Samui’s waterfalls – every bit as good as the beaches
What’s Samui’s most overlooked attraction? The answer – its waterfalls. Are they worth a visit? Absolutely!
The island’s waterfalls are amazing places to spend time. Although waterfalls do appear on tourist itineraries they tend to be neglected. And that’s because they’re a little harder to spot than the beaches. They’re hidden away in lush jungle and are impossible to see from the road.
Every bit as Instagram-worthy as the beaches, the cascades of water, the rocks and the enigmatic jungle backdrop are not only beautiful but practical places to get away from the heat and have a cool dip. That’s why local people love them so much.
Most of the island’s waterfalls are close to the ring road and you can easily drive to them. Park up and you’re ready for a good few hours of fun and great memories. But just be careful. Though shady, waterfalls are still places where you can get some serious sunburn. Don’t forget that sunscreen and don’t just rely on a pair of sandals if you’re heading along rocky paths or traversing boulders. Take a watch too. Sunset comes down fast in the tropics and you don’t want to be walking back to your car in the dark.
Samui’s best waterfalls
Hin Lad Waterfalls: not just one waterfall, Hin Lad is a series of falls that are linked by a walkable track that takes you high up into the hills. Hin Lad is a few minutes’ drive south of Nathon and then 2 km up the road that heads into the hills (turn left at the large roundabout).
Drive until the road stops and you’ll find yourself at Hin Lad Temple, which is definitely worth a visit – it’s basically set within the jungle.
To the right of the large rock pool next to the temple, you’ll find the path that takes you up towards the next waterfall. It’s about a 20-minute walk and you’ll arrive at a quiet area with rushing water. It’s a great place to stop and relax – you may find it tempting just to stay here, and why not? If you want to explore further then just keep on going till the next waterfall.
Time spent at Hid Lad will tend to leave you with good memories and makes for a great alternative to the beach. When you get back, you’ll maybe want to avail yourself of the drinks and food stalls by the car park.
Hin Lad is too good to miss. It will certainly make you curious about the other waterfalls on the island.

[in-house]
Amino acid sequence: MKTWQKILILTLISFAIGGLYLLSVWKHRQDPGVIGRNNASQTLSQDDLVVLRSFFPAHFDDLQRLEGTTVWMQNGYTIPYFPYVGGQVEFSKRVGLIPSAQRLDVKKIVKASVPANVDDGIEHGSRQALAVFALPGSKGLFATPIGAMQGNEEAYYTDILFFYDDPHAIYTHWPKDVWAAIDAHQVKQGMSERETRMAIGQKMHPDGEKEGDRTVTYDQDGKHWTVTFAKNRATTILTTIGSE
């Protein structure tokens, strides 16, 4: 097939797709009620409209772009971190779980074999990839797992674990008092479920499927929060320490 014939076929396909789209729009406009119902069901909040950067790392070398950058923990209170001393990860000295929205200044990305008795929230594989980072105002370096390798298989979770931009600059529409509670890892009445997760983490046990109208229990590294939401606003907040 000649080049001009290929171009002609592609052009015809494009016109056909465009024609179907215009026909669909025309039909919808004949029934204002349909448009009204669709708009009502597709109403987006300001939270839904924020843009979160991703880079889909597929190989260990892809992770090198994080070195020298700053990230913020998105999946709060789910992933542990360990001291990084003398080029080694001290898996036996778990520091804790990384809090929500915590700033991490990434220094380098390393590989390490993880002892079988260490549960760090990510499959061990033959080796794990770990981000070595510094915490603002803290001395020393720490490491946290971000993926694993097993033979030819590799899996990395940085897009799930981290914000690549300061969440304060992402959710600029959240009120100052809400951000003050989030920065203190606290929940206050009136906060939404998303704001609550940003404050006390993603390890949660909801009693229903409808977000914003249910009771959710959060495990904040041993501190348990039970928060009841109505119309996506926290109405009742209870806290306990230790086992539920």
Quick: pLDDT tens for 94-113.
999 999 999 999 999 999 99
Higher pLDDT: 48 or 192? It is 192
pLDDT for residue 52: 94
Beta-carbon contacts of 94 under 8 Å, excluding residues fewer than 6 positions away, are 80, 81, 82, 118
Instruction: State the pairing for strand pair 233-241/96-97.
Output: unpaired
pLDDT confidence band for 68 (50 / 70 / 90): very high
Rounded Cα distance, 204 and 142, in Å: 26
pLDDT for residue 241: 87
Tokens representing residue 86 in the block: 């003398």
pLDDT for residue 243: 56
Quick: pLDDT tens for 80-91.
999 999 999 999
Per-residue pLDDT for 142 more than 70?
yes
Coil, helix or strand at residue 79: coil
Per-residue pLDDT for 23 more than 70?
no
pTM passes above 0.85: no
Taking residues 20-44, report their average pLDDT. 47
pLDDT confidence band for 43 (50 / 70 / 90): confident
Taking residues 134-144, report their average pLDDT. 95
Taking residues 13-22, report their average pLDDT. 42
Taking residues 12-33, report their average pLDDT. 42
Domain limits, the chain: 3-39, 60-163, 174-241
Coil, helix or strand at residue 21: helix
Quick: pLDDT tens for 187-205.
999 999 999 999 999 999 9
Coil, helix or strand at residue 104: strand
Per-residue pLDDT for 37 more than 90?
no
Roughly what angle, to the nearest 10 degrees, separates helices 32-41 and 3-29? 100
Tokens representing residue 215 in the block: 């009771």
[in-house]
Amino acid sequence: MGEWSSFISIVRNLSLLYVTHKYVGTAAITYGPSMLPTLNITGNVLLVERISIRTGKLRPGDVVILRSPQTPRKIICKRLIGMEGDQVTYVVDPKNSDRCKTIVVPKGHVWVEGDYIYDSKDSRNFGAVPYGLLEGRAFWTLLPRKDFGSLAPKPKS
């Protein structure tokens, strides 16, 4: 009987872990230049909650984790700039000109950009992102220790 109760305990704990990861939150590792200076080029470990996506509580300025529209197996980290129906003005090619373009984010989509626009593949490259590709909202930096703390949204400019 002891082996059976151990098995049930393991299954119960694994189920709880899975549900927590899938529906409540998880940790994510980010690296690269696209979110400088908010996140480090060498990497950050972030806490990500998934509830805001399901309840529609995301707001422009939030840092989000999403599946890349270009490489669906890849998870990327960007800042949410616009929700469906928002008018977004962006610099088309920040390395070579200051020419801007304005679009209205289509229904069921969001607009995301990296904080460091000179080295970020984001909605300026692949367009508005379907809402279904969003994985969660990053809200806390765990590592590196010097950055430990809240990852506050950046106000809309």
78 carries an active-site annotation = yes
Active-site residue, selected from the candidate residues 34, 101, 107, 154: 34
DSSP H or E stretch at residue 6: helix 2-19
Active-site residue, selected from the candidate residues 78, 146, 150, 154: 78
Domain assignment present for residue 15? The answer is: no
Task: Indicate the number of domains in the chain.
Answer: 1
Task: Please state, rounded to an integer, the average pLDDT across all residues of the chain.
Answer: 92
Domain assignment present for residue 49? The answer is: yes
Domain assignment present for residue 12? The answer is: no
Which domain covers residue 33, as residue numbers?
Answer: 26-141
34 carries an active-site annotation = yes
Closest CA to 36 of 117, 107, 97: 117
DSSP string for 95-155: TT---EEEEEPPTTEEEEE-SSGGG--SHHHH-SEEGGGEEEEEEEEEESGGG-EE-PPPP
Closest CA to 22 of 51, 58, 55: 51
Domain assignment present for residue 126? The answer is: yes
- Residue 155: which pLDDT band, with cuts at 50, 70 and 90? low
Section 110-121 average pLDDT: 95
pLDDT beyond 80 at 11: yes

Lad Wanorn Waterfall: this beautiful waterfall is a further 2 km south of Hin Lad on the ring road. You can park up nearby, thanks to a drivable dirt track. You’ll find smooth rock formations and water flowing over the rocks and into pools, which are ideal for dips. It’s less frequented that Hin Lad, but has no cafés or eateries. A great place to stop off at on hot days when you just want to relax a while.
Namuang: in the south of the island, you’ll find the two waterfalls that are the most visited on the island. The first is Namuang 1. Unmissable signs on the ring road tell you exactly where to turn off. Follow the road to the falls. Here you can swim under the falls themselves, an amazing experience. Once you’re finished, follow the path up a steep slope until you get to Namuang 2. There are good views from the viewing platform at the top and you’ll want to spend some time here before going back down again. Namuang, it should be noted, is quite commercialized these days, but is still always worth a visit.
Tan Rua: situated in the north of the island and accessible via soi 5 on Maenam, the final approach to Tan Rua is quite steep. You may wish to park up when the road starts to look scary and walk the rest of the way. If on a scooter, make sure it’s a manual one, as automatic bikes can be dangerous on steep descents – their brakes can fail. The waterfall here has no pool of any size to sit in, but on the other hands you can sit directly under the waterfall itself. And there’s a good café to hand, ideal for taking a break. The area is very scenic with good views out towards the sea.
When visiting waterfalls, it’s best not to go alone, or if you do, at least tell someone where you are going. Waterfalls can be dangerous places, so exercise all due caution. Be very careful of slippery rocks and never jump into the water as there may be hidden rocks. And – do we even need to say this? – taking that selfie as you stand on a scenic lip of rock may result in your hospitalization. Or worse.
Be cautious at all times – the same goes for the beach of course – and you’ll be able to spend a good few hours enjoying parts of Koh Samui that are unknown to most.